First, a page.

3. Weathering

3.1 General

3.1.1 Initial Stage

Weathering is the chemical alteration caused by the atmospheric water in vapor and/or liquid form, due to the reacting agents carried in solution. Thus, this was the first step in the alteration of the original consolidated rocks forming the initial land masses. Figure 29 shows how the most reactive minerals are preferentially affected.

Crumbling of weathered material within Flysch shale (Furnas, Alentejo, Portugal).

Figure 29 – Crumbling of weathered material within Flysch shale (Furnas, Alentejo, Portugal).

Also, the less soluble materials of the weathered rock will precipitate in the immediate vicinity, along fissures and/or bedding planes through which the water percolates.  For example, the manganese dendritic growths frequently found on bedding planes and joints (fig. 30).

Figure 30 - Manganese dendritic growths on a quartzite bedding plane (Peninsula Quarry, Cape Peninsula, South Africa).

Figure 30 – Manganese dendritic growths on a quartzite bedding plane (Peninsula Quarry, Cape Peninsula, South Africa).

This differential weathering characteristics can also be noticed in the variability between two different members of a rock outcrop such as in figure 31, where a dolorite dike is totally weathered away and the limestone through which it intrudes, being more weather resistant remains unaltered, thus causing a very sharp topographical contrast.

Figure 31 - Totally weathered dolorite dyke cutting through a limestone succession (Boca do Inferno, Cascais, Portugal).

Figure 31 – Totally weathered and washed away dolorite dyke cutting through a limestone succession (Boca do Inferno, Cascais, Portugal).

3.1.2 Soil Formation

The above example is a rather exceptional case because more often we have reasonably flat areas with uniform rock outcrops where the weathering is widespread, giving rise to the development of soils, as shown in figure 31B. On the right side of the photo, the lowermost member of the rock sequence which has a blotchy wine colour, is covered by a layer of very angular rock fragments and above that we have a layer of fairly unaltered lava. The wine coloured horizon is also a basaltic lava and its colour is caused by the complete weathering of its minerals, which are rich in iron and the blotching indicates mineral assemblages with different chemical composition. If this altered material that is now a soil, had been transported, the blotches would have disappeared because of the mixing during transport. Thus, in this case we have an “in situ” paleosol.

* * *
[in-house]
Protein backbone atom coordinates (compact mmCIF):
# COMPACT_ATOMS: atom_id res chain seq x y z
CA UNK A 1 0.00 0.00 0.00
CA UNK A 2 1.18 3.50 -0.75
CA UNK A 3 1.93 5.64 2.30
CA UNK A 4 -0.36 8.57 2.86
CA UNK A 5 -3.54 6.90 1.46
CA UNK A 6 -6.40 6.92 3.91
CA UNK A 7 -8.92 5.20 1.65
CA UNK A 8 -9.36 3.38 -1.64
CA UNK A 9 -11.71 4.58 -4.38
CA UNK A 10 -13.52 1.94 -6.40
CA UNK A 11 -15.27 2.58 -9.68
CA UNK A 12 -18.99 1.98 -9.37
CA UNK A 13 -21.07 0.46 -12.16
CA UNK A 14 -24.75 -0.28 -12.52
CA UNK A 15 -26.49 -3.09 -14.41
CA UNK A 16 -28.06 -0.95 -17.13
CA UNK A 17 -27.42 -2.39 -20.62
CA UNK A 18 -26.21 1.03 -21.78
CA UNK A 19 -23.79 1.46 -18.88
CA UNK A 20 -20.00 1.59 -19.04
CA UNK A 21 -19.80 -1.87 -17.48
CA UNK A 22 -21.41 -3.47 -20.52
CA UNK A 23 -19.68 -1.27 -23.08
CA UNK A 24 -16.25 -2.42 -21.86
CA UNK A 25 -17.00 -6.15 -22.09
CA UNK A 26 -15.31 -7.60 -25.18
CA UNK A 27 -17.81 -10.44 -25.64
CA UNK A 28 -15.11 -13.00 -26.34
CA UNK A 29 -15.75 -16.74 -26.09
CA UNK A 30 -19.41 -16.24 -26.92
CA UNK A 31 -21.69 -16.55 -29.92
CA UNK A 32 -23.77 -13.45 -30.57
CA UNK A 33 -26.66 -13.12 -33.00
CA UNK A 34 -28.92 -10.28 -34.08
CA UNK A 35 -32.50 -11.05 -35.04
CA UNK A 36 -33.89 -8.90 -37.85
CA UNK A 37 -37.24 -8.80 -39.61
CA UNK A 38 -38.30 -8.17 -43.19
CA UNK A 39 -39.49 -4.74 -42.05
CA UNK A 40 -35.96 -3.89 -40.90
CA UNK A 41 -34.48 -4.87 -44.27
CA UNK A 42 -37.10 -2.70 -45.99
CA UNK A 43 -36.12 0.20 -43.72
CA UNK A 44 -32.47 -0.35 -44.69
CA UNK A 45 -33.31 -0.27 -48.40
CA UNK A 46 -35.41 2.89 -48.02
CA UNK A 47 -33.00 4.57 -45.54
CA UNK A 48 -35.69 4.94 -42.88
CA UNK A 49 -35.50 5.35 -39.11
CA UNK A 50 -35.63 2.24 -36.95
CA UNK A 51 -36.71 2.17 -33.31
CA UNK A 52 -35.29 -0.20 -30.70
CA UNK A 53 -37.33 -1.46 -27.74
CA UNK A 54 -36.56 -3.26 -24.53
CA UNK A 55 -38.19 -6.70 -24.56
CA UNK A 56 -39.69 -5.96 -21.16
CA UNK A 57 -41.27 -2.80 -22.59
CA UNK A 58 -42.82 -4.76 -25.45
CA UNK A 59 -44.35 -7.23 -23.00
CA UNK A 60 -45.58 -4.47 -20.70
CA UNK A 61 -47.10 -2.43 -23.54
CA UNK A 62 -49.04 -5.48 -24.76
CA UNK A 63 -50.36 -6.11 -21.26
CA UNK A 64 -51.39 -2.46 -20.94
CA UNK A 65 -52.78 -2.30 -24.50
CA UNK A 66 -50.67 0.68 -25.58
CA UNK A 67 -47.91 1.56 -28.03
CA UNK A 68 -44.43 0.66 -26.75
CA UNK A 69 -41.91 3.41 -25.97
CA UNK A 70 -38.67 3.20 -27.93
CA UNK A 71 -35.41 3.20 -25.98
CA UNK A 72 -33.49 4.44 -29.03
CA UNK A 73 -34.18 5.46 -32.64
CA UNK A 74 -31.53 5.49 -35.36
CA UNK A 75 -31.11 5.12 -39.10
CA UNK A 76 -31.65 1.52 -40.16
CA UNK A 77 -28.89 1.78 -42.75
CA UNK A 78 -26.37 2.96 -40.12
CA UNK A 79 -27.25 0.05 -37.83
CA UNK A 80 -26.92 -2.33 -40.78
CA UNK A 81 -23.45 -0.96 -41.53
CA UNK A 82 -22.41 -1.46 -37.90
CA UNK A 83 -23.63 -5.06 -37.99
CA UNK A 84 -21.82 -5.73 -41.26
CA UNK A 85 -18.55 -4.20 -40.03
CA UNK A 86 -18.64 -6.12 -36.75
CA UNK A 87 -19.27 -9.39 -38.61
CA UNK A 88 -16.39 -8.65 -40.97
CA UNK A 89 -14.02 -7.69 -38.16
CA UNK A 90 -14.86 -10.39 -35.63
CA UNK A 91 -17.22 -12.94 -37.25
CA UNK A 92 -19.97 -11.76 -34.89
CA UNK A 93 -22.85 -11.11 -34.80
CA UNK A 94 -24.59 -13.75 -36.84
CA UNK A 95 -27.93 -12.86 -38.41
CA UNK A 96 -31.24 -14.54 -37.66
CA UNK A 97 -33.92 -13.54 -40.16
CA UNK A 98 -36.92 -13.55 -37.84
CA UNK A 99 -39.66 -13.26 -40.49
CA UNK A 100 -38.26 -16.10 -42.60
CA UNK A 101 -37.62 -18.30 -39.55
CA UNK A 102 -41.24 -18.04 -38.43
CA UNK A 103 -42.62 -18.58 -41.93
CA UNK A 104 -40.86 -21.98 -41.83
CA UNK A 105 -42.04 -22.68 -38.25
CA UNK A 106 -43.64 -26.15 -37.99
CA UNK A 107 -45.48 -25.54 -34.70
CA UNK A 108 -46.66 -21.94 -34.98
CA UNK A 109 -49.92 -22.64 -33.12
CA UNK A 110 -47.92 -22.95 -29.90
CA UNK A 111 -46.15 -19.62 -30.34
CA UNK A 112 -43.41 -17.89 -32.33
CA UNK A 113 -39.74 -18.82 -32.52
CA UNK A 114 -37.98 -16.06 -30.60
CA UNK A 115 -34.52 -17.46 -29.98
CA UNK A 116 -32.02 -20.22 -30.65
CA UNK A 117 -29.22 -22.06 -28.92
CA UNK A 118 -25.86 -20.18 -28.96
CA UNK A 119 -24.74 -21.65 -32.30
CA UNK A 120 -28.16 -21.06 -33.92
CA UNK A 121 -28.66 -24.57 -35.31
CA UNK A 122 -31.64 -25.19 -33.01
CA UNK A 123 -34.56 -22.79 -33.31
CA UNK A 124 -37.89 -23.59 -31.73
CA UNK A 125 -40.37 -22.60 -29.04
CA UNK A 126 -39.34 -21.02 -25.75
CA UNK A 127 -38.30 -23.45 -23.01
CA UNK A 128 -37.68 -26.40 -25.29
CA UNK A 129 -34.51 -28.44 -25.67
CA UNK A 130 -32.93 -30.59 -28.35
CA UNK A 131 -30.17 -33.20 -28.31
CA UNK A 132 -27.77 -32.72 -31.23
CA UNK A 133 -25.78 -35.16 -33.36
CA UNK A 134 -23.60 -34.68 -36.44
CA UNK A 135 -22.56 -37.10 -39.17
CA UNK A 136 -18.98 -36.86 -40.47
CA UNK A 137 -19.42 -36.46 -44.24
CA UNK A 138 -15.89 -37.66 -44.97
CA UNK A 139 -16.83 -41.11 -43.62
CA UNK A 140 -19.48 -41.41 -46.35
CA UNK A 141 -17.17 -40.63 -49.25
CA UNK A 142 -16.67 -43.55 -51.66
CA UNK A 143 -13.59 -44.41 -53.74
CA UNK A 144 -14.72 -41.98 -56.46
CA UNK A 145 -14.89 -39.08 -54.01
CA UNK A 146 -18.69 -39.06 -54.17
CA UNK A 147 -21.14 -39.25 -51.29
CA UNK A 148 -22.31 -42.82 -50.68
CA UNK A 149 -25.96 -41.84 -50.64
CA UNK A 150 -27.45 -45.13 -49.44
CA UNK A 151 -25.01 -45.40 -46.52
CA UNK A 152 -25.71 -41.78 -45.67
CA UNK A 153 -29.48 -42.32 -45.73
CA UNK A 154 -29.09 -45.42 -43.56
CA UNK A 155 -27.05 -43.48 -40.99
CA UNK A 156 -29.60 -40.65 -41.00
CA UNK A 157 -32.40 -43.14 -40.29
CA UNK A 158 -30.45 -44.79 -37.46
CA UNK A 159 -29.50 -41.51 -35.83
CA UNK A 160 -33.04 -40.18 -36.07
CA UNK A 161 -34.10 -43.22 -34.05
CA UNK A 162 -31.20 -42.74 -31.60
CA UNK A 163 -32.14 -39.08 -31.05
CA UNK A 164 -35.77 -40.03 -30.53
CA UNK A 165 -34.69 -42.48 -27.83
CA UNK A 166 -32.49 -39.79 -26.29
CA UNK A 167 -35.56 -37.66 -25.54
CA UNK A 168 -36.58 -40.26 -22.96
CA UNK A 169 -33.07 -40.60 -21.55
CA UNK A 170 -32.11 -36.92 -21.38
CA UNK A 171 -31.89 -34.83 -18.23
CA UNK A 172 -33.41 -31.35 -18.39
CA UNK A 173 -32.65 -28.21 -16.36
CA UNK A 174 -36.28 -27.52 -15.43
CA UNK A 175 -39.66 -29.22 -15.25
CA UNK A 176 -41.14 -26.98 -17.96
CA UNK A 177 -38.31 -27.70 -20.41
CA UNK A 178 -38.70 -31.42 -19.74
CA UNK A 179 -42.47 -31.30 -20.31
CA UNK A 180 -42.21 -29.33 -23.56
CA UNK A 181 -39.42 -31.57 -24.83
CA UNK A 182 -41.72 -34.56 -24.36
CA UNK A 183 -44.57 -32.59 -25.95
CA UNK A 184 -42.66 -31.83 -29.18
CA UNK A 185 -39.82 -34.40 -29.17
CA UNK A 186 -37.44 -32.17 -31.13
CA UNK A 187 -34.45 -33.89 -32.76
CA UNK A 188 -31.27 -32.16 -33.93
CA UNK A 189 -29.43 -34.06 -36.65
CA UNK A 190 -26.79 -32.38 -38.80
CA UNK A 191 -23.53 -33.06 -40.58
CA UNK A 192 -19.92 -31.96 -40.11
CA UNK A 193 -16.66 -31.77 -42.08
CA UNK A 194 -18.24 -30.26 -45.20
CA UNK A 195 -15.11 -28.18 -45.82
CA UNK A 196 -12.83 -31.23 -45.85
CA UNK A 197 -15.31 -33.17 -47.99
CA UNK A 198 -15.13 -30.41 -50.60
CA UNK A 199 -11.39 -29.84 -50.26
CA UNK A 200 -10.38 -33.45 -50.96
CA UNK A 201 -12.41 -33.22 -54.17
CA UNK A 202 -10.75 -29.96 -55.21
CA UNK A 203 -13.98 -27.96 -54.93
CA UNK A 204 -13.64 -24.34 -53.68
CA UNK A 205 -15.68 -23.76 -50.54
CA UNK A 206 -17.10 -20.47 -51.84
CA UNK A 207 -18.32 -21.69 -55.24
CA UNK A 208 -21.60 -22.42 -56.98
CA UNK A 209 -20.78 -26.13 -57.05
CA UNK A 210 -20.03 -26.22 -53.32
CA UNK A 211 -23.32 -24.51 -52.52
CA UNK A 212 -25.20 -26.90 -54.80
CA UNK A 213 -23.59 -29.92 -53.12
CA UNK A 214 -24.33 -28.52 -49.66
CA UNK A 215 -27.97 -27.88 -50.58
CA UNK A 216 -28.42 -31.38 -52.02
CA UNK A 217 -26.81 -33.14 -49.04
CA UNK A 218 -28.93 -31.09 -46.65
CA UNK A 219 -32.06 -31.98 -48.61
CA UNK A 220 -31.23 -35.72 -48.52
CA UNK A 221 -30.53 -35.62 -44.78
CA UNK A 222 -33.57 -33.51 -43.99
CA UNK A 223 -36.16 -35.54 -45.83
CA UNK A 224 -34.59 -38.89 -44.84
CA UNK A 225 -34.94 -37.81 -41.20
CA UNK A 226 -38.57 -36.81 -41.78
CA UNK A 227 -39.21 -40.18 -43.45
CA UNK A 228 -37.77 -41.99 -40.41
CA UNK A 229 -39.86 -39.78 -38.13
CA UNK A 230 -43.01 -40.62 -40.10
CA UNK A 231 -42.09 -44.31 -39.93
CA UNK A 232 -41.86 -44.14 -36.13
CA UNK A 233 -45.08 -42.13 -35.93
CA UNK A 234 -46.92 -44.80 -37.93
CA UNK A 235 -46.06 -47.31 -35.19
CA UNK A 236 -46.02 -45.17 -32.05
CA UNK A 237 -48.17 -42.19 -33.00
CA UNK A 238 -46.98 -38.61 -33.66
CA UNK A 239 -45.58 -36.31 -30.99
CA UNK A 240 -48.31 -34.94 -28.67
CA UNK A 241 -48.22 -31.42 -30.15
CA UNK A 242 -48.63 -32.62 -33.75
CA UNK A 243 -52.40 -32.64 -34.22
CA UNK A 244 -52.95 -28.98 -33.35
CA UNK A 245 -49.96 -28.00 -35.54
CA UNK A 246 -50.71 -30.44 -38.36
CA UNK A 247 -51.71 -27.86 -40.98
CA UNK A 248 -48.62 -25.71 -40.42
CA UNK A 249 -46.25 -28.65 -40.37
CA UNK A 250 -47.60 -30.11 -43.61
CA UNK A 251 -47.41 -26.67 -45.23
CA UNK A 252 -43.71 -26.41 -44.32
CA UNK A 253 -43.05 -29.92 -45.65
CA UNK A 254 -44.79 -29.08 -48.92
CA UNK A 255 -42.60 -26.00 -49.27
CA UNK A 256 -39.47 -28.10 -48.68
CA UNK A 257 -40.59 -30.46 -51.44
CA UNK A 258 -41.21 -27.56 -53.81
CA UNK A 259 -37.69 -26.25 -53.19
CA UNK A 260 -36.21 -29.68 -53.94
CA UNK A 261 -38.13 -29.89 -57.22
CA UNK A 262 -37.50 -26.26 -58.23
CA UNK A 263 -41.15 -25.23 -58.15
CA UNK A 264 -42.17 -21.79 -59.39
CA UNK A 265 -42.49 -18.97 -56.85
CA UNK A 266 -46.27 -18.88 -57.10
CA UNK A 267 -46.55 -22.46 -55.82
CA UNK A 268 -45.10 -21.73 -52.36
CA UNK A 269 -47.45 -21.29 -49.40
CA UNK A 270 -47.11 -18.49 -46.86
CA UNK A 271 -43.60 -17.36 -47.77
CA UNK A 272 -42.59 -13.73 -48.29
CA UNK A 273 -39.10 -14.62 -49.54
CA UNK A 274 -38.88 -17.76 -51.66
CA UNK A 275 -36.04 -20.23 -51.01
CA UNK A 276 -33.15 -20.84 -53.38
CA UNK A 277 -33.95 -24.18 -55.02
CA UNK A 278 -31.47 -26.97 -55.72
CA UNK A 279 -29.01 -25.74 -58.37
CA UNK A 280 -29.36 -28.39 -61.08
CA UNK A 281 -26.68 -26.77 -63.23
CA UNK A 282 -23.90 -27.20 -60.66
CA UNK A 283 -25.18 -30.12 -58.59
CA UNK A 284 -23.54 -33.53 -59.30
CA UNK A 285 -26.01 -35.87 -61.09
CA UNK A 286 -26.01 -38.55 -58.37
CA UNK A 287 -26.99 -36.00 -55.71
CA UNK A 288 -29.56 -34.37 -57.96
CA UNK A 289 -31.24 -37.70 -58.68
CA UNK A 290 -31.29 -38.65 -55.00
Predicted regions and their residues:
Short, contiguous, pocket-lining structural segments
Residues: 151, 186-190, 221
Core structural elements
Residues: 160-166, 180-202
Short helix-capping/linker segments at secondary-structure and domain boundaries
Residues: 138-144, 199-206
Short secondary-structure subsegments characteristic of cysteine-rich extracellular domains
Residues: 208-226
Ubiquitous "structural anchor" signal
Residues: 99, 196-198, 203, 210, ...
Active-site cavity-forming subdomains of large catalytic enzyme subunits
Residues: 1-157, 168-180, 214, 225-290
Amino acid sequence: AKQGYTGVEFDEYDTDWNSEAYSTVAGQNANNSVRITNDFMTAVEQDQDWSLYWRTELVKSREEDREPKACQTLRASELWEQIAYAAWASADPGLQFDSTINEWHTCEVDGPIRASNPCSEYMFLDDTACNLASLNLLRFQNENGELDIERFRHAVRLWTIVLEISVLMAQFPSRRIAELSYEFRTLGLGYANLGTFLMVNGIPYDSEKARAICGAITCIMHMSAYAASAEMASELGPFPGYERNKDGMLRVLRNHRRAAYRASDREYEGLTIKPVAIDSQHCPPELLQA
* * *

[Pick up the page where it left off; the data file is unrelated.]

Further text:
Figure 31B – Basic lava weathered to soil overlain by a layer of hill slope debris, covered by moderately fresh lava (Tagus estuary, Oeiras, Portugal)

3.2 Special Aspects

3.2.1 Weathering Cups

The difference in reactability of the various minerals constituting a rock give rise to interesting surface features. One such case is the formation of cup shaped holes on granite outcrops on mountain tops (fig. 31C). I presume these remarkably circular depressions are caused by the weathering of the feldspars and other chemically unstable minerals into clays, initially in single rain drops size cups. At the next rain stage, the very light clay washes away, enlarging the cup and exposing newer levels of rock to weathering. In the mean time, the much more weather resistant quartz grains present get loosened and acumulate at the bottom of the cup as shown in the picture.

Figure 30B - Granite weathering in the form of very circular cups (see keys for scale) (Serra de Freita, Arouca, Portugal)

Figure 31C – Granite weathering in the form of very circular cups (see keys for scale) (Serra de Freita, Arouca, Portugal)

When the rain is stronger, these quartz grains will also be washed away, thus allowing the continuation of the enlargement of the cup, which can eventually reach significant dimensions like the ones at Marinieche in France, as was shown to me by Jean Jacques Espirat, another geologist. In fact, after his communication, I changed my mind about a depression in a granite boulder, with a mouth diameter of just over 1 meter, which I photographed in the vicinity of the Orange River (Agrabis Falls), in South Africa (fig. 31D). I had originally interpreted it as being a river pothole, at a site which, although with an elevation somewhat higher than the present river bed, I presumed it was where the river previously flowed. Perhaps another point in favour of this new interpretation is the fact that river potholes tend to be deep and have a proportionally narrow mouth, as against these weathering cups which appear to be shallow and have a relatively large mouth.

Figure 31D – Very large weathering cup (diameter over 1 m) (Agrabis Falls, Orange River. South Africa).

3.2.2 Boxwork Weathering